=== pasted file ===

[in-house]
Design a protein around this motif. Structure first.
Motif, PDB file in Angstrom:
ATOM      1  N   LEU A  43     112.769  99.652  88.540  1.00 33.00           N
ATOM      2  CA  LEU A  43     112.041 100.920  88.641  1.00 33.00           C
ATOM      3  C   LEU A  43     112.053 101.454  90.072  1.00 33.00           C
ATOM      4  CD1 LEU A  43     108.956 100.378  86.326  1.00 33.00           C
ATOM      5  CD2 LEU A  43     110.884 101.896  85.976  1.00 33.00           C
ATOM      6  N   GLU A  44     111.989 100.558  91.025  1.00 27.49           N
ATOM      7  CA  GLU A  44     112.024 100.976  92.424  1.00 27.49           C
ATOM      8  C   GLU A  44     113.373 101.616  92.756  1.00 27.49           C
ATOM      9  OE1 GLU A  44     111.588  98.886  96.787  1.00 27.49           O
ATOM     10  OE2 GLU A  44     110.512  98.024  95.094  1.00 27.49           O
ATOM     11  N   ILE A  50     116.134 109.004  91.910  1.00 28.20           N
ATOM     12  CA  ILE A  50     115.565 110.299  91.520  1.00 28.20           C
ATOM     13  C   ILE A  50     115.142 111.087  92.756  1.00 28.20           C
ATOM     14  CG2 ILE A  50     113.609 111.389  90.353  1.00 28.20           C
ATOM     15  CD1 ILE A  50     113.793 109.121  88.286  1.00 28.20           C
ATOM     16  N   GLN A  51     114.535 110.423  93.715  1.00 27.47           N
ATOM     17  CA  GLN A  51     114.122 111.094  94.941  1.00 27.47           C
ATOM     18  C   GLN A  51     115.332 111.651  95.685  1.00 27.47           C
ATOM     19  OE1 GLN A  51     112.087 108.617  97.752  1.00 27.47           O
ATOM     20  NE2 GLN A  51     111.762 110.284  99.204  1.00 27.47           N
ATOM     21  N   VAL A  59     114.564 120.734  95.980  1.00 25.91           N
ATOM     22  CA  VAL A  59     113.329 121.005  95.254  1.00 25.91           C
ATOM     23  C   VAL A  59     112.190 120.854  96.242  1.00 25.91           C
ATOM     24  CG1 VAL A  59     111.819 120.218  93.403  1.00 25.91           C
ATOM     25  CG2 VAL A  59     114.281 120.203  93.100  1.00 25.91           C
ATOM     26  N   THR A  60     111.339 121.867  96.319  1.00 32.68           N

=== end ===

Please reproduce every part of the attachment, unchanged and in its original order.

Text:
[in-house]
Design a protein around this motif. Structure first.
Motif, PDB file in Angstrom:
ATOM      1  N   LEU A  43     112.769  99.652  88.540  1.00 33.00           N
ATOM      2  CA  LEU A  43     112.041 100.920  88.641  1.00 33.00           C
ATOM      3  C   LEU A  43     112.053 101.454  90.072  1.00 33.00           C
ATOM      4  CD1 LEU A  43     108.956 100.378  86.326  1.00 33.00           C
ATOM      5  CD2 LEU A  43     110.884 101.896  85.976  1.00 33.00           C
ATOM      6  N   GLU A  44     111.989 100.558  91.025  1.00 27.49           N
ATOM      7  CA  GLU A  44     112.024 100.976  92.424  1.00 27.49           C
ATOM      8  C   GLU A  44     113.373 101.616  92.756  1.00 27.49           C
ATOM      9  OE1 GLU A  44     111.588  98.886  96.787  1.00 27.49           O
ATOM     10  OE2 GLU A  44     110.512  98.024  95.094  1.00 27.49           O
ATOM     11  N   ILE A  50     116.134 109.004  91.910  1.00 28.20           N
ATOM     12  CA  ILE A  50     115.565 110.299  91.520  1.00 28.20           C
ATOM     13  C   ILE A  50     115.142 111.087  92.756  1.00 28.20           C
ATOM     14  CG2 ILE A  50     113.609 111.389  90.353  1.00 28.20           C
ATOM     15  CD1 ILE A  50     113.793 109.121  88.286  1.00 28.20           C
ATOM     16  N   GLN A  51     114.535 110.423  93.715  1.00 27.47           N
ATOM     17  CA  GLN A  51     114.122 111.094  94.941  1.00 27.47           C
ATOM     18  C   GLN A  51     115.332 111.651  95.685  1.00 27.47           C
ATOM     19  OE1 GLN A  51     112.087 108.617  97.752  1.00 27.47           O
ATOM     20  NE2 GLN A  51     111.762 110.284  99.204  1.00 27.47           N
ATOM     21  N   VAL A  59     114.564 120.734  95.980  1.00 25.91           N
ATOM     22  CA  VAL A  59     113.329 121.005  95.254  1.00 25.91           C
ATOM     23  C   VAL A  59     112.190 120.854  96.242  1.00 25.91           C
ATOM     24  CG1 VAL A  59     111.819 120.218  93.403  1.00 25.91           C
ATOM     25  CG2 VAL A  59     114.281 120.203  93.100  1.00 25.91           C
ATOM     26  N   THR A  60     111.339 121.867  96.319  1.00 32.68           N